Understanding the Acronym
When we refer to the acronym LGBTIQ, we are including people who identify as lesbian, gay, bisexual, and/or transgender, intersex and queer.
As well as people who may not identify exclusively as LGBTIQ but may have relationships that are same-sex, bisexual, pansexual or with someone who is transgender or someone with intersex characteristics.
When we talk about LGBTIQ relationships, we are talking about relationships where at least one of the partners identifies as either lesbian, gay, bisexual, transgender, intersex and queer or a combination of these.
Someone who identifies as a female who predominantly has romantic, sexual or intimate relationships with other women.
Someone who identifies as a male who predominantly has romantic, sexual or intimate relationships with other men.
Someone who is sexually or romantically attracted to more than one gender, traditionally male and female (‘bi’ meaning two).
Is defined as a person who transitions from their biological sex at birth to their psychological sense of self or true gender (their brain sex). In other words a person born biologically male but psychologically identifies as another gender e.g. female. A person who is transgender may identify as trans or simply as a male or a female.
Defined as a person born with either chromosomes, hormones or sex characteristics neither wholly male nor wholly female as they are currently classified. Intersex is a biological state and as such is not self-identified. Intersex people have always existed; it is a naturally occurring variance in the human species, upwards of 7000 variations are defined as of intersex status. Research has been limited leaving a dearth of unanswered questions about the lives and health outcomes for Intersex people. Intersex people are represented across the spectrum of sexuality, sexual expression, gender identity and gender expression.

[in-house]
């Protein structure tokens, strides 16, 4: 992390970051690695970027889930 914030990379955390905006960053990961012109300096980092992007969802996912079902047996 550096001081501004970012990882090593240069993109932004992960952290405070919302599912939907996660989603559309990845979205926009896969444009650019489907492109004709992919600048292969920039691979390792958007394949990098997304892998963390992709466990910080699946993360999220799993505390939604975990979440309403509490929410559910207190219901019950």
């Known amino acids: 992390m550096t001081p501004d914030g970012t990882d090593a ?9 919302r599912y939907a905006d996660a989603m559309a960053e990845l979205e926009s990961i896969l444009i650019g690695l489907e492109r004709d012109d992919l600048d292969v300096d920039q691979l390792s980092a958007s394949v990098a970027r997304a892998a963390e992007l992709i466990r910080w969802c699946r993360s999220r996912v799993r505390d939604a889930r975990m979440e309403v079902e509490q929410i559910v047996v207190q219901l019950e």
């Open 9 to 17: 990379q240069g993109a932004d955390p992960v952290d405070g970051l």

Is an umbrella term used to be inclusive of anyone whose gender and/or sexual identity does not fit within the ‘norm’ or the rest of the acronym LGBTI.
Other identities and key terminology
Aboriginal or Torres Strait Islander who was assigned female at birth but who has a male spirit.
Is a person whose gender identity matches the gender assigned to them at birth.
Referring to intimate (a close romantic though not necessarily sexual) relationships with partners or ex-partners including marriage, defacto partnership, boyfriend/girlfriend, lover/s and ‘friends with benefits’.
A broader term which extends the types of relationships to include parents and children, extended family (uncles, aunts, grandparents, cousins, mob), carer, housemates and ‘chosen family’. Many people in our communities have a ‘chosen family’ especially if they split with their family over their sexuality, gender, identity or lifestyle.
Gender diverse is an umbrella term that acknowledges the different ways that people may identify their gender as, for example, gender-fluid, non-gendered or gender-queer.
Someone whose gender identity is not fixed, can change regularly or semi-regularly.
A system of attitudes and bias which favours heterosexuality (opposite-sex desire and relationships). It can include the presumption that other people are heterosexual or that opposite-sex attractions and relationships are the norm and therefore superior.
Someone whose gender identify is neither male nor female.
Not limited in sexual choice with regard to biological sex, gender, or gender identity. ‘Bi’ in ‘bisexual’ traditionally means ‘two’ which can be misleading and emphasises that gender is a binary construct, therefore people who identify as pansexual highlight an attraction to a variety of genders.
Partners is inclusive of a variety of relationship types, it can include monogamous relationships, polyamorous relationships, non-monogamous relationships and is non-gendered.
Aboriginal or Torres Strait Islander who person was assigned male at birth but who has a female spirit.
Is an acronym used throughout this site, it stands for trans and gender diverse.
Transgender and Intersex people may identify or express their sexuality as LGBQ, heterosexual or any sexual identity. Sexuality is not the same as sexual expression i.e. how you identify your sexuality may not always align with how you express your sexuality. For example, a male who expresses himself sexually with another male but still self identifies as heterosexual for a variety of reasons such as cultural, familial, social or religious constraints.
Not all LGBTIQ people identify with the broader LGBTIQ community all the time or perhaps ever.